Thursday, June 2, 2011

Non-Legal Fine Points of Contract Negotiations and Management - IV

There is a lot of talk about project planning and scheduling. Indeed, it seems that just about everyone in the marine industry with a computer talks about Microsoft Project, Gantt charts, critical paths, JIT (just in time) materials acquisition, and a myriad of other concepts and techniques related to project management.

However, when all is said and done, when your MS Project plan is up and running, nothing, absolutely nothing, substitutes for an intimate knowledge of boatbuilding operations and processes, and how they integrate into a logically sequenced whole.

The key elements in developing a project plan/schedule are:

• Identification of tasks
• Estimate of task durations
• Analysis of sequential dependencies among tasks

All of these elements must be accurately developed if the plan in question is to bear any resemblance to the upcoming reality of the work. But even with an accurate plan/schedule constructed and in place, you’re still on the uphill climb. Tracking and keeping a project on schedule hinges almost entirely on another bit of key information — percent complete of any task or group of tasks as at a given date.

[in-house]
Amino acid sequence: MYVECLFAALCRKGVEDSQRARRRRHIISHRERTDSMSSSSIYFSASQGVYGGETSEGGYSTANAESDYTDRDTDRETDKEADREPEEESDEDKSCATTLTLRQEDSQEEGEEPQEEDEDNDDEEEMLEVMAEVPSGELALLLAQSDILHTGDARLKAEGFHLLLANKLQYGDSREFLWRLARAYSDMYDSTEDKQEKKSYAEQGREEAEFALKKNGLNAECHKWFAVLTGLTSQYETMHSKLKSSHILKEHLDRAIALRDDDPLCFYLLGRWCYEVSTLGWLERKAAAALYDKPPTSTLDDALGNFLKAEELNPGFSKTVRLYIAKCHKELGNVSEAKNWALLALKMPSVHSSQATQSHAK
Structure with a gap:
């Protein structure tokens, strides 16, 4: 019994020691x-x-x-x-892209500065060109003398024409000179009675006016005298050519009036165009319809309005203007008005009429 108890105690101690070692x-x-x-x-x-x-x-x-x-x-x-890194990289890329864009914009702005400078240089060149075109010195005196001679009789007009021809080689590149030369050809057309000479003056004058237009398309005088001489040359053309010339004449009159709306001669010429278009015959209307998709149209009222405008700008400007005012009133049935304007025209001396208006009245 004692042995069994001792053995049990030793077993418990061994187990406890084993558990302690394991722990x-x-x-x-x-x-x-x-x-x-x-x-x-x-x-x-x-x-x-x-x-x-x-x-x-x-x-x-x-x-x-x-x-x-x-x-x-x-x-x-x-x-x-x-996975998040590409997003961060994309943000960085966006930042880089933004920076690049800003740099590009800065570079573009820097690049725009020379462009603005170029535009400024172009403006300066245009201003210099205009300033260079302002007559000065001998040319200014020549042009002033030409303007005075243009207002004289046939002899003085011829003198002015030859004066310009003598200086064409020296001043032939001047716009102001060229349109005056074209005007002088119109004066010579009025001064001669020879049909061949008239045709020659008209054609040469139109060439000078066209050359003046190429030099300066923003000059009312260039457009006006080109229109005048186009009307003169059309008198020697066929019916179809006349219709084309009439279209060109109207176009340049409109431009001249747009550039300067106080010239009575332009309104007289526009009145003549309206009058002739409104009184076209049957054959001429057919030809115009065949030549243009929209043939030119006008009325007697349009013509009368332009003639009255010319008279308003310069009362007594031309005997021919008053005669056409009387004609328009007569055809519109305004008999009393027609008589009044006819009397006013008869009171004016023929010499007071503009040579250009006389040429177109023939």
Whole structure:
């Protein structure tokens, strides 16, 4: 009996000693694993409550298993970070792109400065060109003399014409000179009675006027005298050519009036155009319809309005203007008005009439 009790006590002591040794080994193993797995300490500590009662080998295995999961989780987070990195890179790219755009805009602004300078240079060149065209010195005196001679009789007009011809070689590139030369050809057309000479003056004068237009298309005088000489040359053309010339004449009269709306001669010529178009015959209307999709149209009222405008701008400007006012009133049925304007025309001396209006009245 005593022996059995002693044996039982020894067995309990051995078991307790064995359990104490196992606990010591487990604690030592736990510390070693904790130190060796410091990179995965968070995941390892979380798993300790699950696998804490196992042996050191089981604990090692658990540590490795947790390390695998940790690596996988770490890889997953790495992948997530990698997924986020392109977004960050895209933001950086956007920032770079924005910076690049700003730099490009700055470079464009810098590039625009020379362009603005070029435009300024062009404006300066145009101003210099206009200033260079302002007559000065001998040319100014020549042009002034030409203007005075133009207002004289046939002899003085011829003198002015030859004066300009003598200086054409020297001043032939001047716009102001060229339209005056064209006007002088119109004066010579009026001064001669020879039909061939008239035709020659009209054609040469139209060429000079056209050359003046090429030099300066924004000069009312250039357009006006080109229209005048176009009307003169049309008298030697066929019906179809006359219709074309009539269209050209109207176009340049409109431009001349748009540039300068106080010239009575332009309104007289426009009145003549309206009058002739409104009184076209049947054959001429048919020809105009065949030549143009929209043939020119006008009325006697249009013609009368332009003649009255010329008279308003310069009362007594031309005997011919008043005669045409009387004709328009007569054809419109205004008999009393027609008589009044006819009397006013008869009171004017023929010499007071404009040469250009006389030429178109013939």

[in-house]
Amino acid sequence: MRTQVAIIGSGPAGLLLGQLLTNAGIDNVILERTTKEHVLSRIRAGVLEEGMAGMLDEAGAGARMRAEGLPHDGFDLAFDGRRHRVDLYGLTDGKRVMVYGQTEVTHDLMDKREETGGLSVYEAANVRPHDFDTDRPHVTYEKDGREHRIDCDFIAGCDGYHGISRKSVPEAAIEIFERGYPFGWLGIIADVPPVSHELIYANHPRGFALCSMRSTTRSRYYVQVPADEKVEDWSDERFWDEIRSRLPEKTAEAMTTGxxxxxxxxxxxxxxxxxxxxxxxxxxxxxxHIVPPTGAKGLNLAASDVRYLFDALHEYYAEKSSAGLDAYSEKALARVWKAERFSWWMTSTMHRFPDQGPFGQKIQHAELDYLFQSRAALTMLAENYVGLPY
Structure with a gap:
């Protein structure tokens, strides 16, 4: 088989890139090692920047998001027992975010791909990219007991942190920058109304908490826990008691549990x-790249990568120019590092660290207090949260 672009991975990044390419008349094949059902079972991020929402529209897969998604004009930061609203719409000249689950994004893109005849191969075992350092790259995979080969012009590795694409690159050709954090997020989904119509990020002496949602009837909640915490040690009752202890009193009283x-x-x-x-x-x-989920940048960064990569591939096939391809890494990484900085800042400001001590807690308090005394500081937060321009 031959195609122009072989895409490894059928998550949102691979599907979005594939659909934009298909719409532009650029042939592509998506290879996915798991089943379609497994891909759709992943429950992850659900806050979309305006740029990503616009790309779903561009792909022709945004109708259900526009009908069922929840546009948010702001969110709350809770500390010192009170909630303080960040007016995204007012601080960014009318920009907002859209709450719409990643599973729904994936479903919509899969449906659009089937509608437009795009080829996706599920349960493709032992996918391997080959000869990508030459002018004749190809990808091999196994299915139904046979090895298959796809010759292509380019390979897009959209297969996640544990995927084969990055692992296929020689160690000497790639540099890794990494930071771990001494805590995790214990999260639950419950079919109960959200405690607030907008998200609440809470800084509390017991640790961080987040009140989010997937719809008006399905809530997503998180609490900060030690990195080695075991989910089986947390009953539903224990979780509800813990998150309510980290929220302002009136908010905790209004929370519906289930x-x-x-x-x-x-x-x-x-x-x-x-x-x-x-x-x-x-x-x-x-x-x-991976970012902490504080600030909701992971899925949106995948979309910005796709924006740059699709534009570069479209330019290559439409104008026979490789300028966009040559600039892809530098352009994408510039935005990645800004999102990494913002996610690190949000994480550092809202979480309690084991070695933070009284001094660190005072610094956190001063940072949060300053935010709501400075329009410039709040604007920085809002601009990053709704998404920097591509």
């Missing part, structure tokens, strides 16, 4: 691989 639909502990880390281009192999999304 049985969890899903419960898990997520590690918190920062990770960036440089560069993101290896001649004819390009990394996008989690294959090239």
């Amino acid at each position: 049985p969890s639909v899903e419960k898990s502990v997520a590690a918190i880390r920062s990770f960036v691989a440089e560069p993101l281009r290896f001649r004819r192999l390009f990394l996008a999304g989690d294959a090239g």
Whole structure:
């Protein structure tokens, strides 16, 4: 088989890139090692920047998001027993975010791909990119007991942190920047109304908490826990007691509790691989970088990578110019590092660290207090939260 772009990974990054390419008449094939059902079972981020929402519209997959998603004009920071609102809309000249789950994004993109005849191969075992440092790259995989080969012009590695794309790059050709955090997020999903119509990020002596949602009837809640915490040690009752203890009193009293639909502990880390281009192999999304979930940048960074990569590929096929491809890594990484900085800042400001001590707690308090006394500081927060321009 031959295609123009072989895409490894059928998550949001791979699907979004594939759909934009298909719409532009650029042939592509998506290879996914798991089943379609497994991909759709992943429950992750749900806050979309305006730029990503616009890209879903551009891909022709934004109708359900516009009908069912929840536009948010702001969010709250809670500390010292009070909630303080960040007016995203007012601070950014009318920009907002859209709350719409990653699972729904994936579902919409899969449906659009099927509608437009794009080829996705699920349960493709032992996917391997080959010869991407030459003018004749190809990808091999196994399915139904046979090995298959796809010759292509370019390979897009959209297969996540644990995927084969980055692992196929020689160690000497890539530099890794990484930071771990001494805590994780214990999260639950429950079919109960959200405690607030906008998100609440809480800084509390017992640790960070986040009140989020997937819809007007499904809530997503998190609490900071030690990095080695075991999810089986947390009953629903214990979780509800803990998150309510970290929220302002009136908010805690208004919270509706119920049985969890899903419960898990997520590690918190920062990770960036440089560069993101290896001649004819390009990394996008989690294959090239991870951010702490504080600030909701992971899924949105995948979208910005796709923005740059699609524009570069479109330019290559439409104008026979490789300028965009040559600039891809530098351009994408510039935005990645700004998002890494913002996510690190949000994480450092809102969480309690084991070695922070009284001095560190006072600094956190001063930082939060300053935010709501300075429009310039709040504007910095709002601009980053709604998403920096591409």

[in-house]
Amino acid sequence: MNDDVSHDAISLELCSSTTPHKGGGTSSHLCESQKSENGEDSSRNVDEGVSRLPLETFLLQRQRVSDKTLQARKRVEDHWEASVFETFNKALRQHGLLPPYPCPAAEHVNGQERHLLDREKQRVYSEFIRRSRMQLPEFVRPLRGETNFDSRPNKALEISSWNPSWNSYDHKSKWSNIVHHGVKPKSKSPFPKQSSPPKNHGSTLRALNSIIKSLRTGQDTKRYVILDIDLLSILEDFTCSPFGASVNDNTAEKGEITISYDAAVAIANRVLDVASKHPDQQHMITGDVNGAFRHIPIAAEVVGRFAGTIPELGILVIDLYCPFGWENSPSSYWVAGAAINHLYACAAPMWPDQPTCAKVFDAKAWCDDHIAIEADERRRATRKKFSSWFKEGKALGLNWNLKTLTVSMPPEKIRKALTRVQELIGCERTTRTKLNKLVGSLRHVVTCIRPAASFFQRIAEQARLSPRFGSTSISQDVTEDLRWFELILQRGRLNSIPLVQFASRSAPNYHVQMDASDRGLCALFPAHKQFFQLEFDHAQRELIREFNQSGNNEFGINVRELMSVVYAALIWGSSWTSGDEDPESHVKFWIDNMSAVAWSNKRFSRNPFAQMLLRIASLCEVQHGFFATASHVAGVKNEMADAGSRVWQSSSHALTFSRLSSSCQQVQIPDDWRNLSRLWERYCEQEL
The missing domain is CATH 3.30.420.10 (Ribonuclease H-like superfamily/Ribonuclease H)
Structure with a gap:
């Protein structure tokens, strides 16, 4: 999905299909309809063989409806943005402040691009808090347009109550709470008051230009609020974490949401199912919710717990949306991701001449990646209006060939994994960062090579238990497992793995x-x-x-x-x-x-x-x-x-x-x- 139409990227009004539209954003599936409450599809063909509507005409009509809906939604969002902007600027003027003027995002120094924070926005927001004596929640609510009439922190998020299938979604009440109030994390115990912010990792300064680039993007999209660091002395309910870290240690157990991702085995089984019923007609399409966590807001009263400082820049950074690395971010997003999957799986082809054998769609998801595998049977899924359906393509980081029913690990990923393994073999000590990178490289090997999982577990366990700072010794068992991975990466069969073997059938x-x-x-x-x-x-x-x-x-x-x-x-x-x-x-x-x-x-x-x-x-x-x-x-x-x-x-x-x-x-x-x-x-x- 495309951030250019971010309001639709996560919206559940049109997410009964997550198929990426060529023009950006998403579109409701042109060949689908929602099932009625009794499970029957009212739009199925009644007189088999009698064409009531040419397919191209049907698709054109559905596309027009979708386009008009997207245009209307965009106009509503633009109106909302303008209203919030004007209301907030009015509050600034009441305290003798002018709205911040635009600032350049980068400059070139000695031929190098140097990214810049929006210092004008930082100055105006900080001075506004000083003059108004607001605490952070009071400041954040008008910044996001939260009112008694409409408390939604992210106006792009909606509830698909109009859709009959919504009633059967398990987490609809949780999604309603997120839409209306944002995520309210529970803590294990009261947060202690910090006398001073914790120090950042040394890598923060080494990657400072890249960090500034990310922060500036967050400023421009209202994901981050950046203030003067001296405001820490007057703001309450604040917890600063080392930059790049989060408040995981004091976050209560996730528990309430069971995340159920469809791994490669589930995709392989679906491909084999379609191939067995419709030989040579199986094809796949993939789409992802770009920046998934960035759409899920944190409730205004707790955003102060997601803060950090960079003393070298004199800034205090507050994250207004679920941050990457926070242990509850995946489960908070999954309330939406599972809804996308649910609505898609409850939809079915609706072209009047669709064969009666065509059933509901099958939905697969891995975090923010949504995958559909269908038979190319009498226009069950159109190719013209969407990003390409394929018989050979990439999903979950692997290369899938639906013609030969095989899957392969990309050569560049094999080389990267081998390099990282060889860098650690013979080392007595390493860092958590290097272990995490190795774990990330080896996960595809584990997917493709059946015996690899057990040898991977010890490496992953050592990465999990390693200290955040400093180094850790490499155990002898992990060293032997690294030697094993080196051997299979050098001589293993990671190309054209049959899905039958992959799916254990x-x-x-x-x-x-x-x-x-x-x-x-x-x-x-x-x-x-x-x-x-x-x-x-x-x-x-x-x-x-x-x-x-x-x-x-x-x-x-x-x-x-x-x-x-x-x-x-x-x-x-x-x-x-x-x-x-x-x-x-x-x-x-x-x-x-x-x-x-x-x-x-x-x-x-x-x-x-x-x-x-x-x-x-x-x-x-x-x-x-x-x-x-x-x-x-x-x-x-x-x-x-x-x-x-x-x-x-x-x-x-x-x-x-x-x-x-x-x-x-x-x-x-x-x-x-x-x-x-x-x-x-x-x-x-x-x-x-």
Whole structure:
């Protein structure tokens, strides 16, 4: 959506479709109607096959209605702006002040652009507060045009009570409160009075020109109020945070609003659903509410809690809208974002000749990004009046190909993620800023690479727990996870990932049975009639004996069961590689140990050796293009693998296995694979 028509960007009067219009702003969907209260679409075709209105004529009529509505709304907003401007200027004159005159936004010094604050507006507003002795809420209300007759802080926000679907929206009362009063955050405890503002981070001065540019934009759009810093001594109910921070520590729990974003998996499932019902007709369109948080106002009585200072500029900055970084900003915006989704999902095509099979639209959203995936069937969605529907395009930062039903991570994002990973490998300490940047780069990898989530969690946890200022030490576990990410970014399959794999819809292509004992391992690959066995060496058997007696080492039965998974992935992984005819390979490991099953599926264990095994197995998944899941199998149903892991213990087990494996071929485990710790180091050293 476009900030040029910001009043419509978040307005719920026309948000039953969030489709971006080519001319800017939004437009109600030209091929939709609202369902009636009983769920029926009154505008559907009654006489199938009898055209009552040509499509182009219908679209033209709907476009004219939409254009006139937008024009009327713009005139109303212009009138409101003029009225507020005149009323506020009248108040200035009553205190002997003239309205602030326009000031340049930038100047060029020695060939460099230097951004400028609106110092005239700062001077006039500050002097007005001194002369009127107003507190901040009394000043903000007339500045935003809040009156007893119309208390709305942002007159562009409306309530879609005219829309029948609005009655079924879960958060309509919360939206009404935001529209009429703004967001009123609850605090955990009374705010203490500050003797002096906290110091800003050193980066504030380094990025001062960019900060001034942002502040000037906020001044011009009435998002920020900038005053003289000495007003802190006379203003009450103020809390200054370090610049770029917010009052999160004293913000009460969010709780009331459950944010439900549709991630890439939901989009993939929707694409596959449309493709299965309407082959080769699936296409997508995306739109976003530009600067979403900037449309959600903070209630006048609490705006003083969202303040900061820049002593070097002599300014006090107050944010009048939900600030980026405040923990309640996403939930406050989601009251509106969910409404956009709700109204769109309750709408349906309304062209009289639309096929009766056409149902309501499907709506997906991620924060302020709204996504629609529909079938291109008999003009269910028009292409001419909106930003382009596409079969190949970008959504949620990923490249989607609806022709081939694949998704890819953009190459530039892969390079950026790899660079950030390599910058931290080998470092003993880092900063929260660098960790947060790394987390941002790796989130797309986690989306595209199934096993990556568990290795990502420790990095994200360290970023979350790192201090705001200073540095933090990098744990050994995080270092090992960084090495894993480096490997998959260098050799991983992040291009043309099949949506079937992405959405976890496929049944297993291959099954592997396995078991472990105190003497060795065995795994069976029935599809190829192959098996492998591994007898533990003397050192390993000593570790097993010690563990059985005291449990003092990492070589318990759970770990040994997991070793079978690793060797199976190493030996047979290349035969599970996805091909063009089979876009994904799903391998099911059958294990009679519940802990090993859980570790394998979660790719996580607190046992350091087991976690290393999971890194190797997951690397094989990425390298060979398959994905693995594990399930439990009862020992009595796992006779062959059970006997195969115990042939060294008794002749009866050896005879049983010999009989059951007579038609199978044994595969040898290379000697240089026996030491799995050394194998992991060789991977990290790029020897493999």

The ability to accurately status the work in progress is where most project management falls down. Yet, without this ability, one simply cannot discern projected schedule slippage, developing bottlenecks, necessary workaround plans, or any of the other real-time, real-world necessities of successful project/schedule management.

Such knowledge and ability are only accumulated over several years of hands-on boatbuilding, as well as in boatbuilding operations management. Without such knowledge and ability, the most detailed project plan/schedule, developed with the best purpose-specific computer software, will turn out to be a snare and an utter delusion. And your project will never even come close to completing "on time and on budget."

Next time, we'll take a look at estimates vs. quotes, and fixed-price vs. T&M contracts.

1 comment:

  1. Truer words have never been written. Your candid comments are appreciated by someone who has been burned more than once by unrealistic scheduling. Keep punching away.